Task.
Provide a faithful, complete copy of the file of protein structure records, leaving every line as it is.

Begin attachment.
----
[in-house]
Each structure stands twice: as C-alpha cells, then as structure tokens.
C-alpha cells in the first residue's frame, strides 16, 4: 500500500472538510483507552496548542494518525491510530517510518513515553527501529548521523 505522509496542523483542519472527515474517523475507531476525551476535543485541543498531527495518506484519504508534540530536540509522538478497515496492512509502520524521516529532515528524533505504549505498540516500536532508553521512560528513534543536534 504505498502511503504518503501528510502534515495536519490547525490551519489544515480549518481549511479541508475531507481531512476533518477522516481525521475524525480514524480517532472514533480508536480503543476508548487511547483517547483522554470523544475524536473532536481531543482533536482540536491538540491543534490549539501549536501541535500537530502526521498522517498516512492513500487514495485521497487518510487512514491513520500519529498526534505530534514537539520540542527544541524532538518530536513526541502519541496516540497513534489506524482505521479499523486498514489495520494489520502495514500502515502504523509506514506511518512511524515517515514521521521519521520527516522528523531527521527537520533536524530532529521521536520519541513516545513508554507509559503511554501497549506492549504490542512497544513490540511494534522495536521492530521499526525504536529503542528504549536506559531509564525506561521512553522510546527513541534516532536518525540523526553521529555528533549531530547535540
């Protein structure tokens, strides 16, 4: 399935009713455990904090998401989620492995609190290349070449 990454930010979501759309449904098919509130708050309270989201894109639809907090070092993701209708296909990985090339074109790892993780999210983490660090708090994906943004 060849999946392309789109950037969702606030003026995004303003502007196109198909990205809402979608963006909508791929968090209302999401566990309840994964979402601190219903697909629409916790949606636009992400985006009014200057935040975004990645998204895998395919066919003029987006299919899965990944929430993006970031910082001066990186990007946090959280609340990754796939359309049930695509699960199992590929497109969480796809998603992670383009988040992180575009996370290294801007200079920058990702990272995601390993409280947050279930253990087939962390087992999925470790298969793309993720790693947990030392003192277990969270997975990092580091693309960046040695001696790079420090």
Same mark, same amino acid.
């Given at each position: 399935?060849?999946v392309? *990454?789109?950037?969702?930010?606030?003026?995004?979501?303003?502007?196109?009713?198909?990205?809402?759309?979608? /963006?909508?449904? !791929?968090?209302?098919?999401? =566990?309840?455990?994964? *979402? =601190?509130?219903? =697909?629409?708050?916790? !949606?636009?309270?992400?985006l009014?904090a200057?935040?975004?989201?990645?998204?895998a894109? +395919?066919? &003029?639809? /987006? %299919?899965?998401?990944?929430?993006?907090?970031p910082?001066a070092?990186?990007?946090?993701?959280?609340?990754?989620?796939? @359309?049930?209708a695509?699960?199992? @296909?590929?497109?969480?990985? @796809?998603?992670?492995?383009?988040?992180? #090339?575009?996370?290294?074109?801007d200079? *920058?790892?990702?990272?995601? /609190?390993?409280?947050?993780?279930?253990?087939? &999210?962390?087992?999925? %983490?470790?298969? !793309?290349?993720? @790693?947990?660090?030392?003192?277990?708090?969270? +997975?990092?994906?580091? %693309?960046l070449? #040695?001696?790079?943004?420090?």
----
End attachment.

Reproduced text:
[in-house]
Each structure stands twice: as C-alpha cells, then as structure tokens.
C-alpha cells in the first residue's frame, strides 16, 4: 500500500472538510483507552496548542494518525491510530517510518513515553527501529548521523 505522509496542523483542519472527515474517523475507531476525551476535543485541543498531527495518506484519504508534540530536540509522538478497515496492512509502520524521516529532515528524533505504549505498540516500536532508553521512560528513534543536534 504505498502511503504518503501528510502534515495536519490547525490551519489544515480549518481549511479541508475531507481531512476533518477522516481525521475524525480514524480517532472514533480508536480503543476508548487511547483517547483522554470523544475524536473532536481531543482533536482540536491538540491543534490549539501549536501541535500537530502526521498522517498516512492513500487514495485521497487518510487512514491513520500519529498526534505530534514537539520540542527544541524532538518530536513526541502519541496516540497513534489506524482505521479499523486498514489495520494489520502495514500502515502504523509506514506511518512511524515517515514521521521519521520527516522528523531527521527537520533536524530532529521521536520519541513516545513508554507509559503511554501497549506492549504490542512497544513490540511494534522495536521492530521499526525504536529503542528504549536506559531509564525506561521512553522510546527513541534516532536518525540523526553521529555528533549531530547535540
């Protein structure tokens, strides 16, 4: 399935009713455990904090998401989620492995609190290349070449 990454930010979501759309449904098919509130708050309270989201894109639809907090070092993701209708296909990985090339074109790892993780999210983490660090708090994906943004 060849999946392309789109950037969702606030003026995004303003502007196109198909990205809402979608963006909508791929968090209302999401566990309840994964979402601190219903697909629409916790949606636009992400985006009014200057935040975004990645998204895998395919066919003029987006299919899965990944929430993006970031910082001066990186990007946090959280609340990754796939359309049930695509699960199992590929497109969480796809998603992670383009988040992180575009996370290294801007200079920058990702990272995601390993409280947050279930253990087939962390087992999925470790298969793309993720790693947990030392003192277990969270997975990092580091693309960046040695001696790079420090």
Same mark, same amino acid.
């Given at each position: 399935?060849?999946v392309? *990454?789109?950037?969702?930010?606030?003026?995004?979501?303003?502007?196109?009713?198909?990205?809402?759309?979608? /963006?909508?449904? !791929?968090?209302?098919?999401? =566990?309840?455990?994964? *979402? =601190?509130?219903? =697909?629409?708050?916790? !949606?636009?309270?992400?985006l009014?904090a200057?935040?975004?989201?990645?998204?895998a894109? +395919?066919? &003029?639809? /987006? %299919?899965?998401?990944?929430?993006?907090?970031p910082?001066a070092?990186?990007?946090?993701?959280?609340?990754?989620?796939? @359309?049930?209708a695509?699960?199992? @296909?590929?497109?969480?990985? @796809?998603?992670?492995?383009?988040?992180? #090339?575009?996370?290294?074109?801007d200079? *920058?790892?990702?990272?995601? /609190?390993?409280?947050?993780?279930?253990?087939? &999210?962390?087992?999925? %983490?470790?298969? !793309?290349?993720? @790693?947990?660090?030392?003192?277990?708090?969270? +997975?990092?994906?580091? %693309?960046l070449? #040695?001696?790079?943004?420090?």